RESPA concerns Stone commented that title agents right now are “unnecessarily threatened by the movement to bundled services.”
Thomas disagreed with Stone. “I think every title agent in the country feels threatened. When the RESPA changes were published, we were particularly concerned on how we would transition into this market where the distribution channels are going to change. How would I reach those orders if our traditional clients no longer controlled the point of sale? To me, the future of packaged services has a lot to do with whether it’s driven by actual regulation or by the lender forging ahead with it because he doesn’t want to wait for RESPA reform,” he said.
And, because RESPA reform does require some set pricing structures three days into the buying process, how does price come into play in those future packaged services?
“Price is important, but more important is consistency in price. The cost is a known quantity and can be reliably included in the package,” commented Chandler.
Morris Jr., said, “The agent has a challenge and it will be interesting to see if the expectation of the lender to crank down the price will work and will the quality of the products delivered and services still be there if they get that low price.”
“I think the agent will have to address the issue of transfer pricing. This will be the hardest concept for the title industry to understand because for years, it has operated in a regulatory environment of fixed prices,” Stone said. “I do not believe we will have multiple bundles from different people. I think the bundle will be a fixed price, including the title product, and the title agent will need some flexibility in meeting that demand.”
Oakes commented that title agents are likely to have experiences similar to what real estate brokers have had over the past few years. “They’ve had to broaden their offerings to earn the same dollars they did yesterday, I think title agents will have to decide what products to offer, what geographic areas they want to service and where their expertise is,” he said.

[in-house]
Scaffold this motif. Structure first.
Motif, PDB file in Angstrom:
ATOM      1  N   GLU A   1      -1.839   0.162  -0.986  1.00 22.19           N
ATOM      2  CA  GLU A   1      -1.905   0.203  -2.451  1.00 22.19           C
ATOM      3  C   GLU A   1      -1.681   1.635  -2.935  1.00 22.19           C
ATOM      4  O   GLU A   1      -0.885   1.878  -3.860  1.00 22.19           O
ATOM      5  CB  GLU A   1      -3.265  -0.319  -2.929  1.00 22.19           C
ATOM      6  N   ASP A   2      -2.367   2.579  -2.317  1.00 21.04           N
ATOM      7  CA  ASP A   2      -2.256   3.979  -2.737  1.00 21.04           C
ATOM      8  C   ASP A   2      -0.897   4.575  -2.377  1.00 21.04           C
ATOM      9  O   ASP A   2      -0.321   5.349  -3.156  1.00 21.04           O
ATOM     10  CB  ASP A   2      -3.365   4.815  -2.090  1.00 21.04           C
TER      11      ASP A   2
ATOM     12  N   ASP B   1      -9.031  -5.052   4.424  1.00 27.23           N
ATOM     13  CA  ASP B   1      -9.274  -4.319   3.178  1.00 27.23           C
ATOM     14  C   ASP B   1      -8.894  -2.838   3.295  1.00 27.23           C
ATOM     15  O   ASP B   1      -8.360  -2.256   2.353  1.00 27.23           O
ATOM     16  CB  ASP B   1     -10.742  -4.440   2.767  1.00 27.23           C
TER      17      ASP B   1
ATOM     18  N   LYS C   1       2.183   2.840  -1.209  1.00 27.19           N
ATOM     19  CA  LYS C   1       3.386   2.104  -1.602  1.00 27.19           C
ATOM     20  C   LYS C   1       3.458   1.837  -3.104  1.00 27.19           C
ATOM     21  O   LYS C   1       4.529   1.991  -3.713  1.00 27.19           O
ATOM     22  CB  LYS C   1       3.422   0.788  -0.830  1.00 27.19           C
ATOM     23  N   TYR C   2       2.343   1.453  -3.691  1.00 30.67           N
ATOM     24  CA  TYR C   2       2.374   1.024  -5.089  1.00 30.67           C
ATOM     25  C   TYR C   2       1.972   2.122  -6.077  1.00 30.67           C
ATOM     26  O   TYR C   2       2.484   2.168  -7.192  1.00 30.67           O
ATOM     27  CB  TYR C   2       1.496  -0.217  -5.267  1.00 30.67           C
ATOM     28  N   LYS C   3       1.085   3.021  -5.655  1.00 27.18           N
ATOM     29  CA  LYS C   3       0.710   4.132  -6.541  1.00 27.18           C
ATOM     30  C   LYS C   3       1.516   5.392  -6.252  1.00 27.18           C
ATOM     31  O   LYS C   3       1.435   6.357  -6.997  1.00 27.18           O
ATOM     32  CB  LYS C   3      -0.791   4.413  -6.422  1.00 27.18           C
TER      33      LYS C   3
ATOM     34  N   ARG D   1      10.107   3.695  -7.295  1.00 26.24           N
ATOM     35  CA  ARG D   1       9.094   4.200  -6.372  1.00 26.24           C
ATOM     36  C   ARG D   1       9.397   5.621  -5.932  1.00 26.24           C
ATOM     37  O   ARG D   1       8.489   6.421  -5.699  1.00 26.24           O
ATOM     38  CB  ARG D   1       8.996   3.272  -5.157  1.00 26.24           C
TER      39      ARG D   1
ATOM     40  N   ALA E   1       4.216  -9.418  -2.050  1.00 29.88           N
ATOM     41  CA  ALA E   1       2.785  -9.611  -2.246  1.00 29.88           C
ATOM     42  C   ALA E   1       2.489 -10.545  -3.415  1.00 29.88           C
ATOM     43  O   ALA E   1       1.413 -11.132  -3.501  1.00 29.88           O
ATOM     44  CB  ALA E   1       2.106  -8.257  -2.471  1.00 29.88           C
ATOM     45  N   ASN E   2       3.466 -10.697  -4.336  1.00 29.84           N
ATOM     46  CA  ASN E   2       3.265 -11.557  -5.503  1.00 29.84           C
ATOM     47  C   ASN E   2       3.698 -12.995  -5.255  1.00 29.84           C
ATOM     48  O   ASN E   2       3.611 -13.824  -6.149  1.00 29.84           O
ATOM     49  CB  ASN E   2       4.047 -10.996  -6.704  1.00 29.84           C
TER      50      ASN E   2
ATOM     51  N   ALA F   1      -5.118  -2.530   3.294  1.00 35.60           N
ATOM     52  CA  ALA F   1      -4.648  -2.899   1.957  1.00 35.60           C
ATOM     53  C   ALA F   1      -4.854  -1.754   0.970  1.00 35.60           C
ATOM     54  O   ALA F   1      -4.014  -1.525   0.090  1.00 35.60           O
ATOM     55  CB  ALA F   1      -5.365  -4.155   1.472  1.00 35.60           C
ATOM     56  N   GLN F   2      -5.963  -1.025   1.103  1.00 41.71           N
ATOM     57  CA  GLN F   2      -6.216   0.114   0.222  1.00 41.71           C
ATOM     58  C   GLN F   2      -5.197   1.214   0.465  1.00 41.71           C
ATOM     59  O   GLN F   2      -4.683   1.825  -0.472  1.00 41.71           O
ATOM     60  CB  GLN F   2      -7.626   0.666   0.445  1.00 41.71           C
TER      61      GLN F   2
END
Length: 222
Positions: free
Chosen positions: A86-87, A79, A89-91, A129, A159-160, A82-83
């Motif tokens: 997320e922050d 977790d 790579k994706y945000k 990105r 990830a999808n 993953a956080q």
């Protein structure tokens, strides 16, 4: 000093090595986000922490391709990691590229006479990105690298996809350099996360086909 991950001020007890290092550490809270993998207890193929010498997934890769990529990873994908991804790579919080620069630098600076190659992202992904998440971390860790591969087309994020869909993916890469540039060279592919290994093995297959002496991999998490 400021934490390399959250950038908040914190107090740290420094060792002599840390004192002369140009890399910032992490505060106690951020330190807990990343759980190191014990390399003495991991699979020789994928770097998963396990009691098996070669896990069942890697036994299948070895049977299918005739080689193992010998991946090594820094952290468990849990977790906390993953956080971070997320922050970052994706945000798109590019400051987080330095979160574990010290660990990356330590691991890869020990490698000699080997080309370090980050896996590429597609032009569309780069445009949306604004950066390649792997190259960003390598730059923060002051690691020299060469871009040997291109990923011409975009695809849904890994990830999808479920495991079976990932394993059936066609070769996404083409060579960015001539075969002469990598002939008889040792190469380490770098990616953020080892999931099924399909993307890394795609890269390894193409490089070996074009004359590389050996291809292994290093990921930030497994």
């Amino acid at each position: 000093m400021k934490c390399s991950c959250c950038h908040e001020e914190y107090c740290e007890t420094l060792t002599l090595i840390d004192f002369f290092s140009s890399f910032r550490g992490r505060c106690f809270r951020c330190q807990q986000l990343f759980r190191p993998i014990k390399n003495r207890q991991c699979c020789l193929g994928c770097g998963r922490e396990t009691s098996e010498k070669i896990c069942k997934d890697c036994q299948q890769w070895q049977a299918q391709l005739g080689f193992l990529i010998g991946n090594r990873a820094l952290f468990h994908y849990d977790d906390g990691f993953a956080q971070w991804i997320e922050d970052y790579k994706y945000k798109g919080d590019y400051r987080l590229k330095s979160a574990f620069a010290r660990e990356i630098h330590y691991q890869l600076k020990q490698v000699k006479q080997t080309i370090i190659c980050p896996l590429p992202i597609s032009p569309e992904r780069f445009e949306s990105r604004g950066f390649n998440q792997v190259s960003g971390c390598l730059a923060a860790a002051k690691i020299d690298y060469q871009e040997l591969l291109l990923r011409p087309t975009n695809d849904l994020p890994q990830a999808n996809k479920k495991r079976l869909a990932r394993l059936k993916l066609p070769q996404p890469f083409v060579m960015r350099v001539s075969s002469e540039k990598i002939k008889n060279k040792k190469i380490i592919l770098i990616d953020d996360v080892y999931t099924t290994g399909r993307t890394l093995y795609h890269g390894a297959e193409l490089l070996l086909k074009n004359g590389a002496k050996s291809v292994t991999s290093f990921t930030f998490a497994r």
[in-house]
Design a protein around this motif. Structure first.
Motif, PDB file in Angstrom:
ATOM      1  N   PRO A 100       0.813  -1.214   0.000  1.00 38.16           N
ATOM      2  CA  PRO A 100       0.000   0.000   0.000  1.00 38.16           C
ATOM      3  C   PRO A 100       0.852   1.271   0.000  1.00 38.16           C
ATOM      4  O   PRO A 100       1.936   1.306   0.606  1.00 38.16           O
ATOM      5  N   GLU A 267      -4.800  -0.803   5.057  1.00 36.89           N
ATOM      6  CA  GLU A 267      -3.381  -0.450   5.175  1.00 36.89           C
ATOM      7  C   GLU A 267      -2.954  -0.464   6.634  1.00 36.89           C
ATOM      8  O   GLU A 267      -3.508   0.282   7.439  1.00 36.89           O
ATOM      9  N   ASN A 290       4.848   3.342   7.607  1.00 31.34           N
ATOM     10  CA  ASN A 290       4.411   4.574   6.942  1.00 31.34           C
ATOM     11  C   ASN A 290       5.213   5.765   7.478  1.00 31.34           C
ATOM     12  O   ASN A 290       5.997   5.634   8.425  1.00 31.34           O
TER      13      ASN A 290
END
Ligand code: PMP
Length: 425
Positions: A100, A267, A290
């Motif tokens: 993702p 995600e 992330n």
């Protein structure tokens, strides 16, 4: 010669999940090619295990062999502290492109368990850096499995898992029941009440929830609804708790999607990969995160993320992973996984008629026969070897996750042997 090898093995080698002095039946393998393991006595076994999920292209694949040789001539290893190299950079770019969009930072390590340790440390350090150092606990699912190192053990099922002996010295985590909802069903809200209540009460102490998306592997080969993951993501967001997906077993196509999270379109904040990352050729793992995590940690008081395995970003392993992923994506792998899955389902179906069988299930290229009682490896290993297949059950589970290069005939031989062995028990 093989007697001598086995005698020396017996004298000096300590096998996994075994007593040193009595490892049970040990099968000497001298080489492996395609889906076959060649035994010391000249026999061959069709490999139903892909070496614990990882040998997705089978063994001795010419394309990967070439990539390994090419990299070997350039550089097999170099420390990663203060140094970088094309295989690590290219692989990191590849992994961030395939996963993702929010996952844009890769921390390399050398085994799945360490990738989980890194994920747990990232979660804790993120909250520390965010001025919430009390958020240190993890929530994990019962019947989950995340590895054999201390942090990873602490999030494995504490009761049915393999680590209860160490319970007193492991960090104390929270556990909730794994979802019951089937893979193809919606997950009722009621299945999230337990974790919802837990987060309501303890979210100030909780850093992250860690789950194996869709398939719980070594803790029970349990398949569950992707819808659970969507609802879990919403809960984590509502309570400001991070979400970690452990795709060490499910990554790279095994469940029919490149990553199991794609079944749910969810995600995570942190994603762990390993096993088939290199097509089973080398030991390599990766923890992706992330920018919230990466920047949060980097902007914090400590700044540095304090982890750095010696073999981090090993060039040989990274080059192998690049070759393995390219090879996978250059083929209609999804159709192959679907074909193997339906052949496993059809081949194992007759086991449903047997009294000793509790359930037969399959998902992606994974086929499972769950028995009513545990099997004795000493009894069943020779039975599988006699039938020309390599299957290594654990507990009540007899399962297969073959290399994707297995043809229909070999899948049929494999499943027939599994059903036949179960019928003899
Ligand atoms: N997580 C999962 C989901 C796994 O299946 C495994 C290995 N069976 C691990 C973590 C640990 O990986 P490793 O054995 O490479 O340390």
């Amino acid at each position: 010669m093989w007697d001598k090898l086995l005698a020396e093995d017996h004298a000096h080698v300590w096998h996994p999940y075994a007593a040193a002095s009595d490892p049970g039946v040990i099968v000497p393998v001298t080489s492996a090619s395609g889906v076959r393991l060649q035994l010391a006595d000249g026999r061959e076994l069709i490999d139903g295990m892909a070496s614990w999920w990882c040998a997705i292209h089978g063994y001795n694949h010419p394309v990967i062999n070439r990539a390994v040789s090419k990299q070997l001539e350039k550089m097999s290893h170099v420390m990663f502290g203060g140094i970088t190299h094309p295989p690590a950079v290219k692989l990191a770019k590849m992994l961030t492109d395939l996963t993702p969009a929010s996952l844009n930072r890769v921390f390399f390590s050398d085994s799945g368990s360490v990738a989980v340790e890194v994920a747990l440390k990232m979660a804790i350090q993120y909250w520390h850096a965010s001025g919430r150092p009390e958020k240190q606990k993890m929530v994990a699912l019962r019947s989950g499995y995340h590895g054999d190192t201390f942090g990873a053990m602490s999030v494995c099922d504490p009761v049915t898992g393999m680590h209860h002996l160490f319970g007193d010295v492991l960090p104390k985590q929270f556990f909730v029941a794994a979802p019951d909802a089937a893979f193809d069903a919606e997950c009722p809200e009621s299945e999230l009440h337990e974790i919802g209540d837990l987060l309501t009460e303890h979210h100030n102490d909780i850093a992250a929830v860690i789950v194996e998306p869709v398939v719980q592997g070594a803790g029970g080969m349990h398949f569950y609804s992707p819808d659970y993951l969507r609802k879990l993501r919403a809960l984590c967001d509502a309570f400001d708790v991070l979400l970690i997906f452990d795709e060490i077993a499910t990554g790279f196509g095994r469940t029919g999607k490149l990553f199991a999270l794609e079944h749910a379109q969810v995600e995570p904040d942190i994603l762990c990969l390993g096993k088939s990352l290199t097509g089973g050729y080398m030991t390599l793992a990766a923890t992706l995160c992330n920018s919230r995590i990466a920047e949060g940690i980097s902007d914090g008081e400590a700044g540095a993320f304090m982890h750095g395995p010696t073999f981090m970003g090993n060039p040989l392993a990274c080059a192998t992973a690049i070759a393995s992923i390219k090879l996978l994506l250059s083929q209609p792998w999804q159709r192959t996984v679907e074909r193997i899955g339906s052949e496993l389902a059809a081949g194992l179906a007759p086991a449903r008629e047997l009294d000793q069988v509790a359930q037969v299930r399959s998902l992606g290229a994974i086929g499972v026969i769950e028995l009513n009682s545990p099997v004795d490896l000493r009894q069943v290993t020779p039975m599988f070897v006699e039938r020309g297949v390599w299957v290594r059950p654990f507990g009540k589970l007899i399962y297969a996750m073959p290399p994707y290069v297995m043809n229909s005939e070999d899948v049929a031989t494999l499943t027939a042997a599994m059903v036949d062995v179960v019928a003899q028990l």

Key decisions in bundling The panelists spent time dissecting key decision points for a company charting a course in the bundled services arena. Barnes said that finding the right people to partner with is crucial.
Thomas agreed, noting that success in bundled services will be largely dependent on a central ordering process, that will be important as well as increasing geographic coverage. “If you don’t have the money to get into appraisals or flood zones, you need to bundle what you do well with what your partners do well, and that will be your package,” he said.
“You’re either going to be a bundler or a provider of one or more services,” Oakes said. “You want to know what customers you can best serve and whether you can effectively provide services to those markets.”
Gottschalk echoed Oakes’ thoughts, adding that it will be especially important when making technology decisions. “If you are a bundler, you’re going to need the help of outside companies to provide the secondary services, you will need to invest in technology that will help them grow and connect with other companies. For example, a local title agent isn’t going to do appraisal work, but they may have an interface set up with a local provider that does do the appraisal and is able to return that work back to them electronically without the lender needing to touch it at all,” he said. “Title agents need to invest in technology and produce the same turn times as settlement service providers such as Atlantic Assurance if they don’t want to be driven out of the market.”
Coming soon to a telephone near you Early feedback from audience participants indicated that Title Radio ’03 was a success. October Research is already in the planning stages of another show, which will focus on technology for the title industry. “The Title Radio panel was engaged and lively, and their insights were invaluable,” commented Barr. “When I look back and think about all the people who put so much effort into it, it's truly gratifying that it went so wonderfully well. I had a blast, and I hope and expect listeners did, too.”
And stay tuned! CDs of Title Radio ‘03 will be available soon!